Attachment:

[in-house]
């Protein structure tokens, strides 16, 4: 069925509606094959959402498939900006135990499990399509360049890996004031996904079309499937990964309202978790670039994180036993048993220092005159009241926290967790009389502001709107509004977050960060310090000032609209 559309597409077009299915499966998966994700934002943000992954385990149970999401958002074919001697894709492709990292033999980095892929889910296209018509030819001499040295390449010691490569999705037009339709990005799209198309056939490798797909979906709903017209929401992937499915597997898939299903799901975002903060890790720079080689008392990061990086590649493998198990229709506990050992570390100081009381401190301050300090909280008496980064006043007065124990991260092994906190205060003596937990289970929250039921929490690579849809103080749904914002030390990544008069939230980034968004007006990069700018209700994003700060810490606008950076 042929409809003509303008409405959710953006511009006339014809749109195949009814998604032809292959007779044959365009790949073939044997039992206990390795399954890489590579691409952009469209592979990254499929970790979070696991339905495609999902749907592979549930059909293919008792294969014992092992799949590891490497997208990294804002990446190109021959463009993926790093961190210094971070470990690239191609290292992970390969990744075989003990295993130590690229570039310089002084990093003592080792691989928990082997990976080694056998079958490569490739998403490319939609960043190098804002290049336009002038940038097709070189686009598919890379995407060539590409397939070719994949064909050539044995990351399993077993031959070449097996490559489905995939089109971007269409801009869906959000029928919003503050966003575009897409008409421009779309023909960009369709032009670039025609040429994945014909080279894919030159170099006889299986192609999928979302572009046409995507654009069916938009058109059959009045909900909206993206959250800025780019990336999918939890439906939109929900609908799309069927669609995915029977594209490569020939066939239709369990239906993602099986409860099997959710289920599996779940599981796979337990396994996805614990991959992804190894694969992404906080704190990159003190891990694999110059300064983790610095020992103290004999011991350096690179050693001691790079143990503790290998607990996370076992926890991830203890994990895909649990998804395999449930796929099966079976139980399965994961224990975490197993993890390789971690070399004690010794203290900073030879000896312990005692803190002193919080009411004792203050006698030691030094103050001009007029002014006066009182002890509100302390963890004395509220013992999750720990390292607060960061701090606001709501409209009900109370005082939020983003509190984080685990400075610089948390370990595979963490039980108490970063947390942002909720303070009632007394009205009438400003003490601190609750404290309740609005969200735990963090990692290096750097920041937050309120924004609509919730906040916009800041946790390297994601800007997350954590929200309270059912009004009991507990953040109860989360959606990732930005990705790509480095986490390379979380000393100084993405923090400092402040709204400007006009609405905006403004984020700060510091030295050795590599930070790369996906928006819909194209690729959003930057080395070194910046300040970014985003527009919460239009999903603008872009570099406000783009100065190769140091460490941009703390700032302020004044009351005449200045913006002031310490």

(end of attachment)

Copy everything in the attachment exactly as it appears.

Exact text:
[in-house]
């Protein structure tokens, strides 16, 4: 069925509606094959959402498939900006135990499990399509360049890996004031996904079309499937990964309202978790670039994180036993048993220092005159009241926290967790009389502001709107509004977050960060310090000032609209 559309597409077009299915499966998966994700934002943000992954385990149970999401958002074919001697894709492709990292033999980095892929889910296209018509030819001499040295390449010691490569999705037009339709990005799209198309056939490798797909979906709903017209929401992937499915597997898939299903799901975002903060890790720079080689008392990061990086590649493998198990229709506990050992570390100081009381401190301050300090909280008496980064006043007065124990991260092994906190205060003596937990289970929250039921929490690579849809103080749904914002030390990544008069939230980034968004007006990069700018209700994003700060810490606008950076 042929409809003509303008409405959710953006511009006339014809749109195949009814998604032809292959007779044959365009790949073939044997039992206990390795399954890489590579691409952009469209592979990254499929970790979070696991339905495609999902749907592979549930059909293919008792294969014992092992799949590891490497997208990294804002990446190109021959463009993926790093961190210094971070470990690239191609290292992970390969990744075989003990295993130590690229570039310089002084990093003592080792691989928990082997990976080694056998079958490569490739998403490319939609960043190098804002290049336009002038940038097709070189686009598919890379995407060539590409397939070719994949064909050539044995990351399993077993031959070449097996490559489905995939089109971007269409801009869906959000029928919003503050966003575009897409008409421009779309023909960009369709032009670039025609040429994945014909080279894919030159170099006889299986192609999928979302572009046409995507654009069916938009058109059959009045909900909206993206959250800025780019990336999918939890439906939109929900609908799309069927669609995915029977594209490569020939066939239709369990239906993602099986409860099997959710289920599996779940599981796979337990396994996805614990991959992804190894694969992404906080704190990159003190891990694999110059300064983790610095020992103290004999011991350096690179050693001691790079143990503790290998607990996370076992926890991830203890994990895909649990998804395999449930796929099966079976139980399965994961224990975490197993993890390789971690070399004690010794203290900073030879000896312990005692803190002193919080009411004792203050006698030691030094103050001009007029002014006066009182002890509100302390963890004395509220013992999750720990390292607060960061701090606001709501409209009900109370005082939020983003509190984080685990400075610089948390370990595979963490039980108490970063947390942002909720303070009632007394009205009438400003003490601190609750404290309740609005969200735990963090990692290096750097920041937050309120924004609509919730906040916009800041946790390297994601800007997350954590929200309270059912009004009991507990953040109860989360959606990732930005990705790509480095986490390379979380000393100084993405923090400092402040709204400007006009609405905006403004984020700060510091030295050795590599930070790369996906928006819909194209690729959003930057080395070194910046300040970014985003527009919460239009999903603008872009570099406000783009100065190769140091460490941009703390700032302020004044009351005449200045913006002031310490």